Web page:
Anyone who wants in, really has to be prepared to put in the time and not to forget the money, on membership and application. If you want in on the vault of valuable information in their library there’s another fee for that too. There are courses at university that will essentially approved by the RICS but graduation doesn’t guarantee you membership. You still need to complete an APC assessment. It’s a tight outfit. You cannot be a surveyor without joining. It’s a monopoly in that respect and because of the way it has been run historically, it is not well subscribed to by estate agents overall. As estate agents, we are still seen as the dirty, unwashed sector of the market that traipses mud into their clean house all the time. I get sent a survey once a month by the RICS and a very posh gentleman calls every month without fail to remind me to get it returned to them. It’s tremendously important this survey, as it gives them something to tell the press when asked for comment about the state of the market. They don’t seem to care that it comes from an entirely unaffiliated source. The figures are not subject to any scrutiny and the survey is literally just soundbite fodder and nothing more.
The NAEA? I’ve been a member of that organisation and its sister organisation ARLA. I sat the exams one after another in a two-hour window. Its all multiple choice and there’s a certain percentage of questions you are allowed to get wrong and still be able to pass. To be fair, the study material was a good back ground guide to most of the issues our profession encounters. There was enough in there to give you a taster session. A little bit of ethics, a little bit of health and safety, just a pinch of good practise etc. But considering you were allowed to get a good percentage of the questions wrong, sometimes I just feel these organisations have a ‘barrier to entry problem’ that is all of their own making.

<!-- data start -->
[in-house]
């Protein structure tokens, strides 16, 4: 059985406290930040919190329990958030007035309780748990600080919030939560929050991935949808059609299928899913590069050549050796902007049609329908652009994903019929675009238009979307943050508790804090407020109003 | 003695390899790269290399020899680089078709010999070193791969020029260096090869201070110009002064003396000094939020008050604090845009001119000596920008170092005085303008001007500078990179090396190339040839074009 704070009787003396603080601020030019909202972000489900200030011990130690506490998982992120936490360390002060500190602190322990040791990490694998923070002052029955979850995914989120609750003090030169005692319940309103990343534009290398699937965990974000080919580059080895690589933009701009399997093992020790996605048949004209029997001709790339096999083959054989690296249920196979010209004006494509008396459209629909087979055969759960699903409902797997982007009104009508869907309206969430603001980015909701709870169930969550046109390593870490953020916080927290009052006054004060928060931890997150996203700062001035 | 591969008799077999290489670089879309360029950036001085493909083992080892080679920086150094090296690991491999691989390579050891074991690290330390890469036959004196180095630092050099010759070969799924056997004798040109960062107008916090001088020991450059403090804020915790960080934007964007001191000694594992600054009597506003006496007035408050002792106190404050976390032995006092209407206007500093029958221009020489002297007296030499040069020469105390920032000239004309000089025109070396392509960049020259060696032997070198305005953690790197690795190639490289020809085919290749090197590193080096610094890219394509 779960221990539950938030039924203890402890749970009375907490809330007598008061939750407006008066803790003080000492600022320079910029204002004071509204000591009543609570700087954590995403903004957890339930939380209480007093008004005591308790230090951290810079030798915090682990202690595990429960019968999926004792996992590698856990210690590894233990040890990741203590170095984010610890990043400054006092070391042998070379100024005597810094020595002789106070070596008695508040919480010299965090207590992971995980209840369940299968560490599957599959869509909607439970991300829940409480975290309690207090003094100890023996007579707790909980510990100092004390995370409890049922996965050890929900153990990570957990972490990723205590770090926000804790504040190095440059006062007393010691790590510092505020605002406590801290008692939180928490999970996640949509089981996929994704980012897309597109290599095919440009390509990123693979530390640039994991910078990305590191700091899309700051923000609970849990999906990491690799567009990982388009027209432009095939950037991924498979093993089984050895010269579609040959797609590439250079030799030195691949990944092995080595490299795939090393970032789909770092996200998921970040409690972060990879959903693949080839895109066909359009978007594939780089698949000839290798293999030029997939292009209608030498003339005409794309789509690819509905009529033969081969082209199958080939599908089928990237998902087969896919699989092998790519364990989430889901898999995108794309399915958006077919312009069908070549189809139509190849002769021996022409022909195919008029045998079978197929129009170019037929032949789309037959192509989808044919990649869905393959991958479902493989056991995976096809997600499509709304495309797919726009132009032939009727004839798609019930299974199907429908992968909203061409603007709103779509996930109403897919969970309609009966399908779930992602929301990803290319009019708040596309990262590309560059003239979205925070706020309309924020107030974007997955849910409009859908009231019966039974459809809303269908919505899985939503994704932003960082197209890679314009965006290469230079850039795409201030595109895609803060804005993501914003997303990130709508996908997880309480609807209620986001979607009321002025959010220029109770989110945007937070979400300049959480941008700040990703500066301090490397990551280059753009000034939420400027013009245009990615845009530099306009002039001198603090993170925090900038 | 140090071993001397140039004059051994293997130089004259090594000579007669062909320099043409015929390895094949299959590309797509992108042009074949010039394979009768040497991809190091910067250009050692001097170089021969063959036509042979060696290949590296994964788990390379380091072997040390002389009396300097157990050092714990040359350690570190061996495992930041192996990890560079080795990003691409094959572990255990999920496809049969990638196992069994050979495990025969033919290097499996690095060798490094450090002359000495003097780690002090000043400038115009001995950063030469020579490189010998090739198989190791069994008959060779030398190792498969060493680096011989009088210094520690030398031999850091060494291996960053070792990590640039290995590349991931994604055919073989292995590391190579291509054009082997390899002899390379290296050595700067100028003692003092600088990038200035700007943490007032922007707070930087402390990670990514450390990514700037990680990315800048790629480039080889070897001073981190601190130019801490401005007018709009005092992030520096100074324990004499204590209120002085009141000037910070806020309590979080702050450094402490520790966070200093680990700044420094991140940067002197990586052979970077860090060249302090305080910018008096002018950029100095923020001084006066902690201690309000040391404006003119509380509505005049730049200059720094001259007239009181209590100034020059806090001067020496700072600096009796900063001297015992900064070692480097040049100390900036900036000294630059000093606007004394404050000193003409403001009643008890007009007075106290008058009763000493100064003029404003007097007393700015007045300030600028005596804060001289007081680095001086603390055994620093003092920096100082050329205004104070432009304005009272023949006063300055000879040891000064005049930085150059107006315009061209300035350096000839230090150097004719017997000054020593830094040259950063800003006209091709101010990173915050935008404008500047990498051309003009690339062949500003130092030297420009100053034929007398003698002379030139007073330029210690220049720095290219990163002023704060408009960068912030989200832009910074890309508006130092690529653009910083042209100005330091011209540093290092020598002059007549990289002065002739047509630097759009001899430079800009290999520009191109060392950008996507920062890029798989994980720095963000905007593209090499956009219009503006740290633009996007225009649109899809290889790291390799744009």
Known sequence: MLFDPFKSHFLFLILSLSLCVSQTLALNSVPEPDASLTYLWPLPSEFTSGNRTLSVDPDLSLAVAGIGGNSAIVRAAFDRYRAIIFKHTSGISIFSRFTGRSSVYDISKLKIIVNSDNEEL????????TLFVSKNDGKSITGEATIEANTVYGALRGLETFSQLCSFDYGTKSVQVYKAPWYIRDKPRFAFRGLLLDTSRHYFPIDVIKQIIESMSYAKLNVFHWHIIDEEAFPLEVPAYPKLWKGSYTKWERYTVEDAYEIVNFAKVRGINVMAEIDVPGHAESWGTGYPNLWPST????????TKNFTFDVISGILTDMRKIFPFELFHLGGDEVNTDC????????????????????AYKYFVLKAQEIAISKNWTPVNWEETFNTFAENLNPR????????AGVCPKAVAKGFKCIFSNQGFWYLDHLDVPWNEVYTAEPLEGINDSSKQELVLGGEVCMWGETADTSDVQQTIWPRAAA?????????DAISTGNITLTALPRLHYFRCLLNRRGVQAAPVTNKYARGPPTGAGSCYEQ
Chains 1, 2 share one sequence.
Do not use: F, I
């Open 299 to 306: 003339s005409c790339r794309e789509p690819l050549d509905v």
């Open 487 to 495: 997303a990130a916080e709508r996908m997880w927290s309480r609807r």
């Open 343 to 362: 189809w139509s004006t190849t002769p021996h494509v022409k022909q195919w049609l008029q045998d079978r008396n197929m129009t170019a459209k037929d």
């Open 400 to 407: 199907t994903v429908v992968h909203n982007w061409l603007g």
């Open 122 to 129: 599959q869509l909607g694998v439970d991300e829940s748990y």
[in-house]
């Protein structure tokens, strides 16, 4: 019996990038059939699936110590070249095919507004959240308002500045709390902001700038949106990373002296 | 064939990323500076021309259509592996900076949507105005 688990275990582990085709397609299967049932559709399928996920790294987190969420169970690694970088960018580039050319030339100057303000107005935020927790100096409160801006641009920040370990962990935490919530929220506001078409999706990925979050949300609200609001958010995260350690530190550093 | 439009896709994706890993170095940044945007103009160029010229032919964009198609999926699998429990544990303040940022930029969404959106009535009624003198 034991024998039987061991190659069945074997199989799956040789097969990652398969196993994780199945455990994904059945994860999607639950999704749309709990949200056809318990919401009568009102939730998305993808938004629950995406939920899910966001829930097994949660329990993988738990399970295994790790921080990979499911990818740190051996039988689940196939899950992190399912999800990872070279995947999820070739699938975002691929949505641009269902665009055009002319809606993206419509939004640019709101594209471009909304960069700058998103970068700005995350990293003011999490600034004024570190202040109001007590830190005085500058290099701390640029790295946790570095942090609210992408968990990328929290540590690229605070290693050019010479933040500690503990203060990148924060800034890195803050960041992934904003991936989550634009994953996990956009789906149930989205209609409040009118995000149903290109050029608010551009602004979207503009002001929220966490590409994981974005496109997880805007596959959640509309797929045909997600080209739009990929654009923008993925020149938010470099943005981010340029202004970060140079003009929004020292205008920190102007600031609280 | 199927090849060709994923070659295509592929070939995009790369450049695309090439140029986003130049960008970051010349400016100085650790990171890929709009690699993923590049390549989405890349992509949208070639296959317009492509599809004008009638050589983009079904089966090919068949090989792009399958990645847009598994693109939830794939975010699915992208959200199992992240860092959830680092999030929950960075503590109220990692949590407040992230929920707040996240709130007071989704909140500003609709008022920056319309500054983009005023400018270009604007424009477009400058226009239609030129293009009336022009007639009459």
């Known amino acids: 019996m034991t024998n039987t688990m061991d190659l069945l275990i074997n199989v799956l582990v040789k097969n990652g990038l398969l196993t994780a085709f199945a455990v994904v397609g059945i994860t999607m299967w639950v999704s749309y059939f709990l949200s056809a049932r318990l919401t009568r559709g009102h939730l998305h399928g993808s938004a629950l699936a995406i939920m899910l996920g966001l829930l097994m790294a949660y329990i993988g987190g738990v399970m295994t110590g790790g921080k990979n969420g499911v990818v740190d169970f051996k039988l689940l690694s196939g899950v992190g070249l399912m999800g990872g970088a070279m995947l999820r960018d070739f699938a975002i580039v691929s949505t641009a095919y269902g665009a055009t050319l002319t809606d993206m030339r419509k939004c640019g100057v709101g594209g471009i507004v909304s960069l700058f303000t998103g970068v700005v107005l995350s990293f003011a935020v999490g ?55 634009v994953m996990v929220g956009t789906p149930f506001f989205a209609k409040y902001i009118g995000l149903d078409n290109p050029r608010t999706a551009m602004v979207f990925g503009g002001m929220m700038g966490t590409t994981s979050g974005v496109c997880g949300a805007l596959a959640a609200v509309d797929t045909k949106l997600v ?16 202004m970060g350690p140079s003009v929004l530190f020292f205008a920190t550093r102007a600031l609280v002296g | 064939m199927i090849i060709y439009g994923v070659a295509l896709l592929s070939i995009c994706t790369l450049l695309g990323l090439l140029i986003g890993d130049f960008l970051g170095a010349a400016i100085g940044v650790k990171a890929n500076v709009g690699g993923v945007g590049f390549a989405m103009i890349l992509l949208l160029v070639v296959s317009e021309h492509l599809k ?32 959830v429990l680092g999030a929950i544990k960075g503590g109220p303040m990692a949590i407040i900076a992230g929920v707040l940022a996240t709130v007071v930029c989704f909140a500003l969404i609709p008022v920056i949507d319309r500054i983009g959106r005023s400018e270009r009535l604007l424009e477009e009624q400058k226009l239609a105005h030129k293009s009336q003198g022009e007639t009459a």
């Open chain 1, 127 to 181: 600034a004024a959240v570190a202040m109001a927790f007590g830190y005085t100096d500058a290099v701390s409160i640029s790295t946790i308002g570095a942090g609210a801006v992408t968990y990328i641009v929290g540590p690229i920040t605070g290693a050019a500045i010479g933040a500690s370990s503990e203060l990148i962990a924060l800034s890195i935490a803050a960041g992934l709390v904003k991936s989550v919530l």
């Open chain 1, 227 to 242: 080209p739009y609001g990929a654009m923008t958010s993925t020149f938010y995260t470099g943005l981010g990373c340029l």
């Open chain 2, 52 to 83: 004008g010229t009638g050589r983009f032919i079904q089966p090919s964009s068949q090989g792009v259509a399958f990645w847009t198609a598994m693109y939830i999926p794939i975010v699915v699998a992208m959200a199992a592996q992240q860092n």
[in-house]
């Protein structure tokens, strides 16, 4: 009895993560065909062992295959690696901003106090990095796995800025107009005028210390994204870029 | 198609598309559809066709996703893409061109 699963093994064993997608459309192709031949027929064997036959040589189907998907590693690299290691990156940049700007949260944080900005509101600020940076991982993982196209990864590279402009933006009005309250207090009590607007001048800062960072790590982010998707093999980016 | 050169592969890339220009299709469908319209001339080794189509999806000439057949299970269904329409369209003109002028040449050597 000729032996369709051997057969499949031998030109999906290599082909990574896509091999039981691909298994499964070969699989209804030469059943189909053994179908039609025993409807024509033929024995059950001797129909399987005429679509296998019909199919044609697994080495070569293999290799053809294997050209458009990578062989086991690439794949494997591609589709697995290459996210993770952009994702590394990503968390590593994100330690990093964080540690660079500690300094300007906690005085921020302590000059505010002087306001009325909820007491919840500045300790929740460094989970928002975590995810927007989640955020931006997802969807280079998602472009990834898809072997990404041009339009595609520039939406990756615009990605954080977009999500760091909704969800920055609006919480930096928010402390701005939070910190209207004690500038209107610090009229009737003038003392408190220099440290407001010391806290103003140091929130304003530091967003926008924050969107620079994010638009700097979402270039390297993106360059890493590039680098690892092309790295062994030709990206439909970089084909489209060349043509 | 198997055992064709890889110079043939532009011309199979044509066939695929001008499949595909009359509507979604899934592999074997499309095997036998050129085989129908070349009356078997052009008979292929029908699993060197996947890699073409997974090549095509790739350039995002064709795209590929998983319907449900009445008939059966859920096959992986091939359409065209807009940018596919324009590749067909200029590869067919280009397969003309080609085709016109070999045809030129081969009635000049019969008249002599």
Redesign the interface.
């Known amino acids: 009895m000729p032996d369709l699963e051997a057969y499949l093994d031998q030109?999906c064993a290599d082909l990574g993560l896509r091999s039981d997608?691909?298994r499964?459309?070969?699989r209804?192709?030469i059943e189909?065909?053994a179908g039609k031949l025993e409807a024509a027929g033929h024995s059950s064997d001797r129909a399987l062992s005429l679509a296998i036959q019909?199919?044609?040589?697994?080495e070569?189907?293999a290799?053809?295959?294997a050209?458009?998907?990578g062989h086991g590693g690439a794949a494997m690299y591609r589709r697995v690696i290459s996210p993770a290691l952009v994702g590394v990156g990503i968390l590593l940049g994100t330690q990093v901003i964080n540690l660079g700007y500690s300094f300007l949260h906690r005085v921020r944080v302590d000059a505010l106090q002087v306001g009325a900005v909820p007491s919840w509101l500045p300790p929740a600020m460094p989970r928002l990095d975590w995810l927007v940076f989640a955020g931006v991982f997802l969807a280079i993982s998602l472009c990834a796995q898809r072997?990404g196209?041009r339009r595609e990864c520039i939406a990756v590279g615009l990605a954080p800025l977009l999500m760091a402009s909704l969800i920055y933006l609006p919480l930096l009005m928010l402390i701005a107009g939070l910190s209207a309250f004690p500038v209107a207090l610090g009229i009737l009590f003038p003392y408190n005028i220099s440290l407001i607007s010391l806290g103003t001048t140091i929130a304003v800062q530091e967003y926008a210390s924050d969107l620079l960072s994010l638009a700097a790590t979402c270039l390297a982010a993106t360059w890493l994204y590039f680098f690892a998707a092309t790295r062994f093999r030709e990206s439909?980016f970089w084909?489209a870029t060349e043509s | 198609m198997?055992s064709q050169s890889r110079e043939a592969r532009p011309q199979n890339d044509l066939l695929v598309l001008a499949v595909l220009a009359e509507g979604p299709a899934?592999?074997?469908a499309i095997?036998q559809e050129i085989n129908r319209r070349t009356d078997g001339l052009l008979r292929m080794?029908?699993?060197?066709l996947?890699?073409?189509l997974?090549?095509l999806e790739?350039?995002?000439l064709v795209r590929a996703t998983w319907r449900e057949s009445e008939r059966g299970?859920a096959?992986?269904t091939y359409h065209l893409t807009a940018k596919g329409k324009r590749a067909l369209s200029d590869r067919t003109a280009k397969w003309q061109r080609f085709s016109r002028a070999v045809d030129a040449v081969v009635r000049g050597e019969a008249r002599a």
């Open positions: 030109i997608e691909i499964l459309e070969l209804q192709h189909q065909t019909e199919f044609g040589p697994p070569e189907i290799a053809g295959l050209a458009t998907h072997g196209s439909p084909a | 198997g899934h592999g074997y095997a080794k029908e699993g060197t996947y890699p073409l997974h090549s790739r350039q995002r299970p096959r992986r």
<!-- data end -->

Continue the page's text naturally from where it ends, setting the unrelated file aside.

I have to give the boys at NFOPP and the NAEA, ARLA et al their dues. The minute the press needs a quote, they never fail to tow the line already laid out by their more impressive, posher brothers at the RICS. They are also pretty hot on auditing. If your accountant fails to sign the form in the right place, they will come down on you like a ton of bricks. But make a complaint about the conduct of one of their members? Well, firstly they send you back to the member. As long as they don’t manage to totally exhaust you with their prescribed version of a complaints procedure then you stand a chance of eventually being referred back to the NAEA, by which time, several weeks will have passed and the historic offence hardly seems worth bothering with.
If you are an agent looking for back up, resources, practical advice or any kind of guidance from your professional governors, then think again. There are a few things you will get though. Everyone gets the pre-negotiated discounts on health insurance, pet insurance and a range of other services that you might never use. There is also the legal advice line. It goes through to a firm of solicitors who then ask you to email your enquiry and state that they will only provide a one paragraph reply. If you need a longer reply, you will have to pay for the advice. So as long as your question can be answered by a magic 8 ball or a fortune cookie, you are going to be A-OK. A total waste of the membership and the annual audit fees.
What the RICS and the NAEA do both have in common is their total failure to campaign and lobby parliament effectively to ring-fence and guarantee the livelihood of its members. It does very little to proactively provide positive press for the industry and is all too often left ‘tutting’ in the background every time anything newsworthy happens to bubble to the surface. A standard RICS or NAEA press release is pretty much the same every time: